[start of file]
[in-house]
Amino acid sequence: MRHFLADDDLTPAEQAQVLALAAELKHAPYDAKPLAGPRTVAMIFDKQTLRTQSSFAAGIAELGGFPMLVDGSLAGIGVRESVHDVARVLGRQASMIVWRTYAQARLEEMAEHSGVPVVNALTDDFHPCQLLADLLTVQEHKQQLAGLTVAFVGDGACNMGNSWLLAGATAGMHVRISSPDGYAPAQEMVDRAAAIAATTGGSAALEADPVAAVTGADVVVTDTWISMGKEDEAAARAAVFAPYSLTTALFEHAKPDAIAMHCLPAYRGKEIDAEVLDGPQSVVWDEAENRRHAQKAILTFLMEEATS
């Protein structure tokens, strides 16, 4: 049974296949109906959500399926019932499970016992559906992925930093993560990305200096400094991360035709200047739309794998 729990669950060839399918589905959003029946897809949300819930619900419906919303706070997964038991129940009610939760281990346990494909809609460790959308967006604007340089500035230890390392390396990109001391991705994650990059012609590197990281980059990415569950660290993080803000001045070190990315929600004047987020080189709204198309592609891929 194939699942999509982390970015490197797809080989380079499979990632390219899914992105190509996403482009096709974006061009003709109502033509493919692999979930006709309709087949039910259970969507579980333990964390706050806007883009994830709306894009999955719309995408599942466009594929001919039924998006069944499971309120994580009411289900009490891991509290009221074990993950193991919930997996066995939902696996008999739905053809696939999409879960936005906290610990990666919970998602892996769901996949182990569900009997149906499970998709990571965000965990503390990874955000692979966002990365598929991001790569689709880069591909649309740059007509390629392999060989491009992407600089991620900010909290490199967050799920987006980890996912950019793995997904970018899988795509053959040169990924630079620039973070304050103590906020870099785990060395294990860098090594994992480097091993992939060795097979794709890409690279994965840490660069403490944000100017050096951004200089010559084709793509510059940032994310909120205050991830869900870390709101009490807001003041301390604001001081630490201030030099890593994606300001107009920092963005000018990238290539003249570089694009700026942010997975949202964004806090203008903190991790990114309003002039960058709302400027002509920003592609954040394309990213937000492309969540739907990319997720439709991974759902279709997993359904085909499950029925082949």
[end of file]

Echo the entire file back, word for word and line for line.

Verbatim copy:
[in-house]
Amino acid sequence: MRHFLADDDLTPAEQAQVLALAAELKHAPYDAKPLAGPRTVAMIFDKQTLRTQSSFAAGIAELGGFPMLVDGSLAGIGVRESVHDVARVLGRQASMIVWRTYAQARLEEMAEHSGVPVVNALTDDFHPCQLLADLLTVQEHKQQLAGLTVAFVGDGACNMGNSWLLAGATAGMHVRISSPDGYAPAQEMVDRAAAIAATTGGSAALEADPVAAVTGADVVVTDTWISMGKEDEAAARAAVFAPYSLTTALFEHAKPDAIAMHCLPAYRGKEIDAEVLDGPQSVVWDEAENRRHAQKAILTFLMEEATS
């Protein structure tokens, strides 16, 4: 049974296949109906959500399926019932499970016992559906992925930093993560990305200096400094991360035709200047739309794998 729990669950060839399918589905959003029946897809949300819930619900419906919303706070997964038991129940009610939760281990346990494909809609460790959308967006604007340089500035230890390392390396990109001391991705994650990059012609590197990281980059990415569950660290993080803000001045070190990315929600004047987020080189709204198309592609891929 194939699942999509982390970015490197797809080989380079499979990632390219899914992105190509996403482009096709974006061009003709109502033509493919692999979930006709309709087949039910259970969507579980333990964390706050806007883009994830709306894009999955719309995408599942466009594929001919039924998006069944499971309120994580009411289900009490891991509290009221074990993950193991919930997996066995939902696996008999739905053809696939999409879960936005906290610990990666919970998602892996769901996949182990569900009997149906499970998709990571965000965990503390990874955000692979966002990365598929991001790569689709880069591909649309740059007509390629392999060989491009992407600089991620900010909290490199967050799920987006980890996912950019793995997904970018899988795509053959040169990924630079620039973070304050103590906020870099785990060395294990860098090594994992480097091993992939060795097979794709890409690279994965840490660069403490944000100017050096951004200089010559084709793509510059940032994310909120205050991830869900870390709101009490807001003041301390604001001081630490201030030099890593994606300001107009920092963005000018990238290539003249570089694009700026942010997975949202964004806090203008903190991790990114309003002039960058709302400027002509920003592609954040394309990213937000492309969540739907990319997720439709991974759902279709997993359904085909499950029925082949």